Manitoba Transportation and Infrastructure’s Hydrologic Forecast Centre has released the 2023 Manitoba Basins Fall Conditions Report, which indicates soil moisture levels at the time of freeze-up, precipitation received over the fall and summer, and river and lake levels are all normal to below normal throughout Manitoba.

“While the fall report shows our rivers and lakes have the capacity to receive a normal amount of spring run-off, this will depend on precipitation and snowmelt rate,” said Transportation and Infrastructure Minister Lisa Naylor. “We will continue to closely monitor the conditions and prepare for potential outcomes.”

The report notes although much of the November precipitation fell as snow, warmer temperatures allowed for the snow to melt and contribute to soil moisture levels, leaving very little snow accumulation on the ground.

The report also contains long-term forecasted winter and spring precipitation as a general indication of probable future weather, as well as spring flows and levels throughout Manitoba basins. Global climate models project the effect of El Nino weather patterns across the globe. As a result, most Manitoba basins are forecasted to receive normal to below-normal precipitation and above-normal temperatures for the remainder of the winter and spring.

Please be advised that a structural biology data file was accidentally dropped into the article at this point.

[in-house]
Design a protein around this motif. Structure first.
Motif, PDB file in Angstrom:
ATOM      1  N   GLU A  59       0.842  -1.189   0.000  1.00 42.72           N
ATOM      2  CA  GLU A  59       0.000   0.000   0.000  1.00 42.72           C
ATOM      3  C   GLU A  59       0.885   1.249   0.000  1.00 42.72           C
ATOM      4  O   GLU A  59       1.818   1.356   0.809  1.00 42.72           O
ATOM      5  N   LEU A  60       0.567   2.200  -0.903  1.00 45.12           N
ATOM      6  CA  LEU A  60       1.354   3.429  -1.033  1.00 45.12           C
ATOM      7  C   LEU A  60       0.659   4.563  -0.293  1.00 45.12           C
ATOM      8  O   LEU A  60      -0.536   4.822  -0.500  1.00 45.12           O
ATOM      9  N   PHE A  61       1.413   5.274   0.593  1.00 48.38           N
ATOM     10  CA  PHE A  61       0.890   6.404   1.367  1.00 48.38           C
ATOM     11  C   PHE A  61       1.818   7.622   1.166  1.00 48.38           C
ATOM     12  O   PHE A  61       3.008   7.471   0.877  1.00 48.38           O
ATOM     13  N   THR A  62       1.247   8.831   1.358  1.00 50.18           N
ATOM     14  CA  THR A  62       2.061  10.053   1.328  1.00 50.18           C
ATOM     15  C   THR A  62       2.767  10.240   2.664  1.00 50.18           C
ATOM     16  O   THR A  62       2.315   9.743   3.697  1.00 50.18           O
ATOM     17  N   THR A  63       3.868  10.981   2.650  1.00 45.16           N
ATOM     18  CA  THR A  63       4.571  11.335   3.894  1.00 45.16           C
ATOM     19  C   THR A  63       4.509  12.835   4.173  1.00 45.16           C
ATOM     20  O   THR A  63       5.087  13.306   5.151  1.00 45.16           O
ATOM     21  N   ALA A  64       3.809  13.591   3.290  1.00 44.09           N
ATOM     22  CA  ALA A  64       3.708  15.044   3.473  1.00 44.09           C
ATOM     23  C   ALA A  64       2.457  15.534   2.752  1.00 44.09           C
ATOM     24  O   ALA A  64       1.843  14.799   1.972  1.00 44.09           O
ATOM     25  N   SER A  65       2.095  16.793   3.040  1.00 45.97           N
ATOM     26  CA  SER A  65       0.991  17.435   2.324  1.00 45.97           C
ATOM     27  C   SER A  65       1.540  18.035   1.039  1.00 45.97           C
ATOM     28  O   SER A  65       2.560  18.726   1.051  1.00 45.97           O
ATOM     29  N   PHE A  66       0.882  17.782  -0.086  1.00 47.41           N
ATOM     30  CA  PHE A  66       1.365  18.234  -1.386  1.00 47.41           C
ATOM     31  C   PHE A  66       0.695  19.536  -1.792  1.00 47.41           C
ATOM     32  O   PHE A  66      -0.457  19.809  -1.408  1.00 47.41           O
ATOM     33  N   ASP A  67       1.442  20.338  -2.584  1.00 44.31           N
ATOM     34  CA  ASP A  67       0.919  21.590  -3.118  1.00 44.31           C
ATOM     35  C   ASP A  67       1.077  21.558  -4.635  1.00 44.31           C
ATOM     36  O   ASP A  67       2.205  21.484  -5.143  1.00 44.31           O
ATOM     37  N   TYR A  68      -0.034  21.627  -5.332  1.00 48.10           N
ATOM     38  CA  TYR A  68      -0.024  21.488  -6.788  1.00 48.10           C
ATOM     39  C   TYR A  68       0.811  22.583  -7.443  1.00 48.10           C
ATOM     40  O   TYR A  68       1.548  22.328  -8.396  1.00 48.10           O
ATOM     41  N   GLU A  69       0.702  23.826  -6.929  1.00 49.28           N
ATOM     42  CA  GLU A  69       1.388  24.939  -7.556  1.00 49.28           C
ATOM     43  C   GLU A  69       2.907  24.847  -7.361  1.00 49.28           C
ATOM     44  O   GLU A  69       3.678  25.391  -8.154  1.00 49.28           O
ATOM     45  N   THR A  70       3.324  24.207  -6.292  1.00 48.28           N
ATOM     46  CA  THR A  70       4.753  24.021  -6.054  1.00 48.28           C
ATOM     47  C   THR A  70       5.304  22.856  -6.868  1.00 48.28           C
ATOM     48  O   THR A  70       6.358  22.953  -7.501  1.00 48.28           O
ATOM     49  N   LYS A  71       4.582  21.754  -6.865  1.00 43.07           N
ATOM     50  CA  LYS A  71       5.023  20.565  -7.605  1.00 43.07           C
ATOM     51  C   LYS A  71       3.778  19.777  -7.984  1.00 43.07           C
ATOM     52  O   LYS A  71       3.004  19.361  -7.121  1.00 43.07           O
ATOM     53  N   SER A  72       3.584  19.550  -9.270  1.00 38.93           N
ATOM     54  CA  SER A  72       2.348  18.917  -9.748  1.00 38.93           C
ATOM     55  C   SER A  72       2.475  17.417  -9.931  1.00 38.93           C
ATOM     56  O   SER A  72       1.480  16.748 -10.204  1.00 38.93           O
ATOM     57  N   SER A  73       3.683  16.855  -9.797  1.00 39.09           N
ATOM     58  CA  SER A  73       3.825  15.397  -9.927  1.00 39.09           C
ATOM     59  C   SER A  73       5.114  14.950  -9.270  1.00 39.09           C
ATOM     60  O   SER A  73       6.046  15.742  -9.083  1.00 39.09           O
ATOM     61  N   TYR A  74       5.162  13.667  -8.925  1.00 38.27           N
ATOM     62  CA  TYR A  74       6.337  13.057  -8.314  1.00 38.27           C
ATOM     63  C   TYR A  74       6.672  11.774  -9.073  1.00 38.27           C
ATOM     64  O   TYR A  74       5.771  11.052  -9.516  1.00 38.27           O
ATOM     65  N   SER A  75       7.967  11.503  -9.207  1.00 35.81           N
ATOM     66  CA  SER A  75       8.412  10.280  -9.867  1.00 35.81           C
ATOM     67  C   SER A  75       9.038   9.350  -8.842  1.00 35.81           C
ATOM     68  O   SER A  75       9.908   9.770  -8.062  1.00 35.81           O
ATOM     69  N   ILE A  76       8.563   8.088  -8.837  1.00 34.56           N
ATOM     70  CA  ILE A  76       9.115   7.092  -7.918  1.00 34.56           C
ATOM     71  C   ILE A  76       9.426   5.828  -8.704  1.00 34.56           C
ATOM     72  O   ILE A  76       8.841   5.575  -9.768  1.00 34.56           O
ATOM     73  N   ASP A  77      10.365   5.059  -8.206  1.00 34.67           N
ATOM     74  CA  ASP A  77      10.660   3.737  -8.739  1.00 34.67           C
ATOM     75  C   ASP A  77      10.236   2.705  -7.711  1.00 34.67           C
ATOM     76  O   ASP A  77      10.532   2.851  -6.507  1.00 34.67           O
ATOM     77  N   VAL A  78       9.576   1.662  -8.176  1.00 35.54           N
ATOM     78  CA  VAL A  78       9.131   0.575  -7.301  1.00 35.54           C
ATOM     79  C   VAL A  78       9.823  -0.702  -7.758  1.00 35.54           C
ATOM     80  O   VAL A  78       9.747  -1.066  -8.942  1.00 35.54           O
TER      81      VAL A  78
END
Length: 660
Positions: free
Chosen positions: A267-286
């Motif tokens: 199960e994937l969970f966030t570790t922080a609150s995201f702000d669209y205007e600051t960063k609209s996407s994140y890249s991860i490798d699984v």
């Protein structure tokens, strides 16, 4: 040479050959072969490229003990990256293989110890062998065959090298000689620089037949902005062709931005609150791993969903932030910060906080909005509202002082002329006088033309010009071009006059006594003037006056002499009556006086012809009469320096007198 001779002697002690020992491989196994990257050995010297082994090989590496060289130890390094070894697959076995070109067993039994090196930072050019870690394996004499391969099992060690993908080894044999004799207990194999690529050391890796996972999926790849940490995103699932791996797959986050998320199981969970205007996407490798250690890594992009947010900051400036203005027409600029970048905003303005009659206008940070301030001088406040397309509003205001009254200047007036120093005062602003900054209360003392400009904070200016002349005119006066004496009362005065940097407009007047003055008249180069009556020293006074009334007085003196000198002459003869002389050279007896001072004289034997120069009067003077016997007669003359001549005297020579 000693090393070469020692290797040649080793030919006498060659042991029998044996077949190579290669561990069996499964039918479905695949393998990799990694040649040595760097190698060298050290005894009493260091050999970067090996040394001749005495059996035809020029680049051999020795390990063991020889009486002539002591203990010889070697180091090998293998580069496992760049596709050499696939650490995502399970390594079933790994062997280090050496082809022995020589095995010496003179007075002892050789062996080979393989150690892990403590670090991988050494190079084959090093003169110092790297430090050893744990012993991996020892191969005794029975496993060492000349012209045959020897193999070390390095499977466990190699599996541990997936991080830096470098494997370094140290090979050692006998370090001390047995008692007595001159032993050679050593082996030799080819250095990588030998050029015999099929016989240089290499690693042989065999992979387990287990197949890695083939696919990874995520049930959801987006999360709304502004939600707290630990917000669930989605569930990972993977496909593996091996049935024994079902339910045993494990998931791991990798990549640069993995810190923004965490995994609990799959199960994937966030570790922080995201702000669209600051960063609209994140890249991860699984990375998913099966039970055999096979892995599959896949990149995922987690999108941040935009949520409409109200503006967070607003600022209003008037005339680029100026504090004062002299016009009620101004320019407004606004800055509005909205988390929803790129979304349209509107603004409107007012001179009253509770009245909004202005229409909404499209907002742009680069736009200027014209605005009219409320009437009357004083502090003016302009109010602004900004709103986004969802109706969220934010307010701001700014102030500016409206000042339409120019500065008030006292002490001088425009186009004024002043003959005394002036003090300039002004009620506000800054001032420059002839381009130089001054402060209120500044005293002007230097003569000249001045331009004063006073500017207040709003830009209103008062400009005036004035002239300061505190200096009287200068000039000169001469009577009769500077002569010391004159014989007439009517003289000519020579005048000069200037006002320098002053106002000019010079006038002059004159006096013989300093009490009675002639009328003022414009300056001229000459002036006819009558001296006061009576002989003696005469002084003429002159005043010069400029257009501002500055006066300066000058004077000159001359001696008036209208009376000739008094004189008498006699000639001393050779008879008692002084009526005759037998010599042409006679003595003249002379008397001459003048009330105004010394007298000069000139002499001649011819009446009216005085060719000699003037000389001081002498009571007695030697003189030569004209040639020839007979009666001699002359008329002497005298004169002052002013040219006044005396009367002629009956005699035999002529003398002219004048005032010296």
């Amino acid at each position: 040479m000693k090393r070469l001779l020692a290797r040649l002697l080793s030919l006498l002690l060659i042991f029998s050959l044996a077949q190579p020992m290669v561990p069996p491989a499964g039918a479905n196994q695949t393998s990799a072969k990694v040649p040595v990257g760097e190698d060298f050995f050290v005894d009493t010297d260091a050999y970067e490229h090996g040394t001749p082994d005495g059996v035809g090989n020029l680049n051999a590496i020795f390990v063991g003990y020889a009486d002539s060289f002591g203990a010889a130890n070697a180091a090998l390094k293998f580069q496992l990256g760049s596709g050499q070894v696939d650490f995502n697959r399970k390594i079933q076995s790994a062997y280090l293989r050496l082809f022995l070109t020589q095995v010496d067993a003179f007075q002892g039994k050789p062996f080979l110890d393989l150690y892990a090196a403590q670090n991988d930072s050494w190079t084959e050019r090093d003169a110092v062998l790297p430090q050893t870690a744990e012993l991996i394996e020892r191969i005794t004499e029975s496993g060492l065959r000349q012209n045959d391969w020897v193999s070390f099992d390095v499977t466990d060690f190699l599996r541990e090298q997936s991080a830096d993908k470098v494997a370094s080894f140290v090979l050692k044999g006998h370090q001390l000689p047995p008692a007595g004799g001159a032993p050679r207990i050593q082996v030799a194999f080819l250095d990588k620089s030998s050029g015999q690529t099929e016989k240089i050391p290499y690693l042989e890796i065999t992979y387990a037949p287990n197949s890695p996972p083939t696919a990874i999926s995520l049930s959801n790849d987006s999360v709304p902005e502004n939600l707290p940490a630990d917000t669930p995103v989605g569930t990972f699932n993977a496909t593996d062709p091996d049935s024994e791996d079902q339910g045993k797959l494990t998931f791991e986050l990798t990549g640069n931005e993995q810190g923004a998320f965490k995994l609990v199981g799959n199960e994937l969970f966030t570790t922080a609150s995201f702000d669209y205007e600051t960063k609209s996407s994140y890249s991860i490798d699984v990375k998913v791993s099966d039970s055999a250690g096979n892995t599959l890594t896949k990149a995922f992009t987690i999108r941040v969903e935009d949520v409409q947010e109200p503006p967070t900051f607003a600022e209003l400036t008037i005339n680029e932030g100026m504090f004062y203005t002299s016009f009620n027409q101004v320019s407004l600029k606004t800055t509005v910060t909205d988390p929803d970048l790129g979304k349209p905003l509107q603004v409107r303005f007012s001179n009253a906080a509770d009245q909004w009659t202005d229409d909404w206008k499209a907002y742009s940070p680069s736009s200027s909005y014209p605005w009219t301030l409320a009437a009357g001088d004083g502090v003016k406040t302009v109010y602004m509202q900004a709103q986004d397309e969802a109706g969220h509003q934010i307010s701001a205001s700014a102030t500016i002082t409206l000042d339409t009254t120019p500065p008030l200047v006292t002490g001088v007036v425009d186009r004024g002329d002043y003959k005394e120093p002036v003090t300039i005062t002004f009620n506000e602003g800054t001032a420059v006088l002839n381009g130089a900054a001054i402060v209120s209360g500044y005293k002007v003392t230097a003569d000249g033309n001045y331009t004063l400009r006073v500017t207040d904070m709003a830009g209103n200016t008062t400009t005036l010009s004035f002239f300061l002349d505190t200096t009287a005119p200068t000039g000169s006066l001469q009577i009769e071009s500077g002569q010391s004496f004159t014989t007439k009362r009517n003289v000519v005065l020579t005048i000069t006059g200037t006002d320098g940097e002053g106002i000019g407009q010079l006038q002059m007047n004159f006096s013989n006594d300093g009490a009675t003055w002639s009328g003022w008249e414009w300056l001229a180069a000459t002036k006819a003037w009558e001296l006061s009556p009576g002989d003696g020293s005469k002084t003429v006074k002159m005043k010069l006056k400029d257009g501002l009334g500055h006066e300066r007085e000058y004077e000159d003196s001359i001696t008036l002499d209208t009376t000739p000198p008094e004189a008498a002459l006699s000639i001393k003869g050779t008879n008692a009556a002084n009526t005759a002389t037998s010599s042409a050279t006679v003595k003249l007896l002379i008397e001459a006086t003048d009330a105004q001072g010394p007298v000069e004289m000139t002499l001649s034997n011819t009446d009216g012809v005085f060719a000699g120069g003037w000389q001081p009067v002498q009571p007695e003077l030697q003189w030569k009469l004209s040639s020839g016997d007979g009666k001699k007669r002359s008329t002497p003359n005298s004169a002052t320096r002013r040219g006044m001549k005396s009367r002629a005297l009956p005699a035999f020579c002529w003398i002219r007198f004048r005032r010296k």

These factors are possible indicators of lower spring runoff levels, but the long-term spring runoff forecast for spring 2024 cannot be confirmed as conditions could change, the minister noted.

The Hydrologic Forecast Centre continues to work collaboratively with Environment and Climate Change Canada, the National Weather Service and flood forecasters in neighbouring jurisdictions to monitor watershed conditions and winter precipitation patterns. The Manitoba Emergency Management Organization continues proactive preparations for emergency response efforts in advance of spring runoff.

The minister noted further basin condition updates will be released as necessary.